On March 2, as the tornado warnings were swirling across the television screen and pouring forth from the radio, yarn shop owner Stephanie Stratton was knitting.
She was still knitting as the clouds cleared and it became apparent that some of the deadliest storms in Kentucky history had roared through. Stratton, her shop, A Tangled Yarn, and her shop cat, Fred, were spared.
The morning after the storms, even before she'd really thought the whole thing through, Stratton posted on the Facebook page of her Nicholasville shop encouraging other knitters to do what they do best.
"Want to help the victims of the storms that raged throughout Indiana, Kentucky and TN in a tangible way?" the post read.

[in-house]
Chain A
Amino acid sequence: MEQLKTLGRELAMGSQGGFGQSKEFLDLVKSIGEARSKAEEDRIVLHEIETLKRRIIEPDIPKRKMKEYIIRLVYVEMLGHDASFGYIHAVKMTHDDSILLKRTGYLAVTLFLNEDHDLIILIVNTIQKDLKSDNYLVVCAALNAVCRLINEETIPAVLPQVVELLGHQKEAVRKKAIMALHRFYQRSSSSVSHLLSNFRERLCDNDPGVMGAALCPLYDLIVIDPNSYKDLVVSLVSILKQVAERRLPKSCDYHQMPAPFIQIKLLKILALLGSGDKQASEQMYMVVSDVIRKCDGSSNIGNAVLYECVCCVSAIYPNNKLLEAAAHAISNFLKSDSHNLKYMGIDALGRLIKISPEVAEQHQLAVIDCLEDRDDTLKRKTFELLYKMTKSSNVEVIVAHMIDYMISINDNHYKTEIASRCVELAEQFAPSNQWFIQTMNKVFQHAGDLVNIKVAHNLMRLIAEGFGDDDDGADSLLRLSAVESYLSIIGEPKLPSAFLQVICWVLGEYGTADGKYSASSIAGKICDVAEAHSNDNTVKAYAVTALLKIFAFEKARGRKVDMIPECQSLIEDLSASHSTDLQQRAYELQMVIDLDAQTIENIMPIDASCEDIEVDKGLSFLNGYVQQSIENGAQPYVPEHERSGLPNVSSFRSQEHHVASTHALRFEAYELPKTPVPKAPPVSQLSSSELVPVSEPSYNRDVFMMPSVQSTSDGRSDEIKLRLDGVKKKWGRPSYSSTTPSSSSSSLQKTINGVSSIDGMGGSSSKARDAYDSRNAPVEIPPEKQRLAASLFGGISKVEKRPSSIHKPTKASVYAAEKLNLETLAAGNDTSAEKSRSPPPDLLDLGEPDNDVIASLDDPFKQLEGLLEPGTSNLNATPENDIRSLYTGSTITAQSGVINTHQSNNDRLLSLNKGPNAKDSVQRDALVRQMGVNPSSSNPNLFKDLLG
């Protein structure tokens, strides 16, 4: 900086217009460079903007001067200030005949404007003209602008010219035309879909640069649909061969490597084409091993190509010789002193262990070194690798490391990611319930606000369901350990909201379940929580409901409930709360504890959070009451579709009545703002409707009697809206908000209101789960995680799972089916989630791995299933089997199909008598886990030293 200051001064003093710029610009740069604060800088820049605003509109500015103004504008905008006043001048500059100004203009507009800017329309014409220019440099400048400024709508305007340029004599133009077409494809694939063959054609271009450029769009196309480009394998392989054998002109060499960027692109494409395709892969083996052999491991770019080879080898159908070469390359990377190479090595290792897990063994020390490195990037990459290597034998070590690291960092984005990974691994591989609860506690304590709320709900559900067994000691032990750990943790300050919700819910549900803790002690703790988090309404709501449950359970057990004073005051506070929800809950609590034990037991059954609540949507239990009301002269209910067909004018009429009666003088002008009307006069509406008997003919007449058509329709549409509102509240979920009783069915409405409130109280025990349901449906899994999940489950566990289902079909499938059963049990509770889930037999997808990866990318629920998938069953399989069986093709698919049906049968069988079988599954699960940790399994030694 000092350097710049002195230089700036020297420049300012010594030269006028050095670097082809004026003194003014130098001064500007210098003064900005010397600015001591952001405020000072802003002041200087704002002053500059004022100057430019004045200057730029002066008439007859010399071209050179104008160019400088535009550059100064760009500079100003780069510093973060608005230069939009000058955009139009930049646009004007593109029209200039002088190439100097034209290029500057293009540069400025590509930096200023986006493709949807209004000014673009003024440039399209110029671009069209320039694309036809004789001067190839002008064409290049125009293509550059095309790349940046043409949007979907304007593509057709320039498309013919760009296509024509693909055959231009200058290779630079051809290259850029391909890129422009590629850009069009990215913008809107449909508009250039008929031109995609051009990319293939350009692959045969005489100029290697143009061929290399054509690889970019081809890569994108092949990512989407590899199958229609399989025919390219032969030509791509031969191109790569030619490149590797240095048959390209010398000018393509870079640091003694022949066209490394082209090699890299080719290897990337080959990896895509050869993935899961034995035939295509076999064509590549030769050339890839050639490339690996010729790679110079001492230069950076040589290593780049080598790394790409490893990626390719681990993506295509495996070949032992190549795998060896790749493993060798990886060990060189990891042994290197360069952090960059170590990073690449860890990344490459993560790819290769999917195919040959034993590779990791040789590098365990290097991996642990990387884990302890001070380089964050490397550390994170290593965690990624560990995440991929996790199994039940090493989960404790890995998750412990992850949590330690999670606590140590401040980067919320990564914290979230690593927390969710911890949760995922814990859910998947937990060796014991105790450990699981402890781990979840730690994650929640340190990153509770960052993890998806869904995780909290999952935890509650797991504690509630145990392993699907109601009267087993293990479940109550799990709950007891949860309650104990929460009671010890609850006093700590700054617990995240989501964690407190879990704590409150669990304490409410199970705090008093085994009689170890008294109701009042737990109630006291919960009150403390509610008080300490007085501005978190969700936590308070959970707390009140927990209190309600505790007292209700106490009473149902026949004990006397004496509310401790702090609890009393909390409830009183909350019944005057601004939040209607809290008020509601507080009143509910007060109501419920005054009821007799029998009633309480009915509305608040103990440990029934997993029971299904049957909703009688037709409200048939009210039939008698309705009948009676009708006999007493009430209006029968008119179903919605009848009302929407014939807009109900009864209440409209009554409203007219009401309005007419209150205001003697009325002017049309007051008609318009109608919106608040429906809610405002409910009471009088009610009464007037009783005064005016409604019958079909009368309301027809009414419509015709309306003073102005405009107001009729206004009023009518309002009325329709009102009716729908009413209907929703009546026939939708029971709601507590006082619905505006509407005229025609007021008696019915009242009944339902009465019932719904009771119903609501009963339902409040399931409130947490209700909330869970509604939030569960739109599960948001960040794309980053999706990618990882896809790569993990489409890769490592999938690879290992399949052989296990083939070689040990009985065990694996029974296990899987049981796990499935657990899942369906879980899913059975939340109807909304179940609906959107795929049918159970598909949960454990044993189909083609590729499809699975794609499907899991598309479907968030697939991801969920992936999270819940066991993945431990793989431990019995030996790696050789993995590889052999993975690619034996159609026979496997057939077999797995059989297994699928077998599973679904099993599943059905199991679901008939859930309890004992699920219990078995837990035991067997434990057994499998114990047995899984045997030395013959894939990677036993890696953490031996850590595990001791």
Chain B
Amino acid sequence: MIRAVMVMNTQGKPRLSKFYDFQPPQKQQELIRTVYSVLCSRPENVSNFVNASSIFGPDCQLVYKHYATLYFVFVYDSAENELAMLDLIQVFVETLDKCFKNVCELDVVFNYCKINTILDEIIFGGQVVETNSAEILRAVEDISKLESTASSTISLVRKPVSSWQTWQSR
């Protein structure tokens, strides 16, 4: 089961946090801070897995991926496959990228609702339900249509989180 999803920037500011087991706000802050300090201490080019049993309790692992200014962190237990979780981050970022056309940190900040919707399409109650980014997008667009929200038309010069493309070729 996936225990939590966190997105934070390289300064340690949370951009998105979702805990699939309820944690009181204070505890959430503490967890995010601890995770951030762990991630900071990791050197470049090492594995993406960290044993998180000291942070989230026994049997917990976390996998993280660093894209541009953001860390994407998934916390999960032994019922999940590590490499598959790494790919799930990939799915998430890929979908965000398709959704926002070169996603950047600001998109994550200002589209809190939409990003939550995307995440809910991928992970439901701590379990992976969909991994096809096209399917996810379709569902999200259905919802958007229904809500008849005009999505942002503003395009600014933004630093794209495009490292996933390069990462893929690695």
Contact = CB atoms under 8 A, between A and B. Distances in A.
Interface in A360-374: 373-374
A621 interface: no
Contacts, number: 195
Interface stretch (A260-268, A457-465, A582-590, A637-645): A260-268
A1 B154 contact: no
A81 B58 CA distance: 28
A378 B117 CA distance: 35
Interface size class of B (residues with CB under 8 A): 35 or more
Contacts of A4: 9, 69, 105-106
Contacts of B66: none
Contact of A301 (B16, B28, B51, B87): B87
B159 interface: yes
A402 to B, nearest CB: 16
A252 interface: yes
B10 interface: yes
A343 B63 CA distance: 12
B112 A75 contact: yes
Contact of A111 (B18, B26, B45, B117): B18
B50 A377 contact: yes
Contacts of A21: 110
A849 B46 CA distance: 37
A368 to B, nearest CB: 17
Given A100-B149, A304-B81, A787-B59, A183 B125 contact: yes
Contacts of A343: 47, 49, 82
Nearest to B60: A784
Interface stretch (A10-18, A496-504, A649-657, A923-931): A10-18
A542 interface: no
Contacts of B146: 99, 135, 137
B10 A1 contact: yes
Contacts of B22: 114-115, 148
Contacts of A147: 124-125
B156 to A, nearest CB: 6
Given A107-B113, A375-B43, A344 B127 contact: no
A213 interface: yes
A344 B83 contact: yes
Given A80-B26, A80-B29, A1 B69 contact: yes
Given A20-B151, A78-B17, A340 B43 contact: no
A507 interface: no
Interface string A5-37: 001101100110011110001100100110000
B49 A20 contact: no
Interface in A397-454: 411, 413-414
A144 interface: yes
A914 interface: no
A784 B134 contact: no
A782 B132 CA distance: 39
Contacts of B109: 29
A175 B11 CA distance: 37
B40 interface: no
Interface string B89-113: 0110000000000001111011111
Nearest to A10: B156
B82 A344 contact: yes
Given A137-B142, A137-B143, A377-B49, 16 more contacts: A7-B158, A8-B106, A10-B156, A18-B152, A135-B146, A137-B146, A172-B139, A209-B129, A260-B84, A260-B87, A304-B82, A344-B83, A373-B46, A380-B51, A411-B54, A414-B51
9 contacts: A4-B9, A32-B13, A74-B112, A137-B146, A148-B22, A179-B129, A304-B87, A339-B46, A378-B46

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The request was simple: knit a 7 by 9 square out of acrylic yarn, drop it in the mail and afghans will be assembled to deliver to folks in West Liberty.
Sarabeth Parido, who owns Sarabee's Little Yarn Shop in Winchester, was one of the first to respond. Word of the project, dubbed Love Squares, spread on Etsy.com, the arts and crafts Web site, through knitting groups and, sometimes, in ways that not even Parido and Stratton understood.
And, sure enough, within a week the squares started arriving.
"Here's one I got today from Utah," said Parido as she recently helped Stratton sort through squares at her quaint, fiber-filled shop, with Fred the cat inspecting every one with a vaguely curious sniff.
Parido and Stratton will sew the squares together and deliver them to West Liberty through a connection at Parido's church. There is no end in sight for the effort.
Parido can think of nothing better than a nice warm, handmade quilt to give to someone in need.
It's something, she said, that envelops you "like a hug."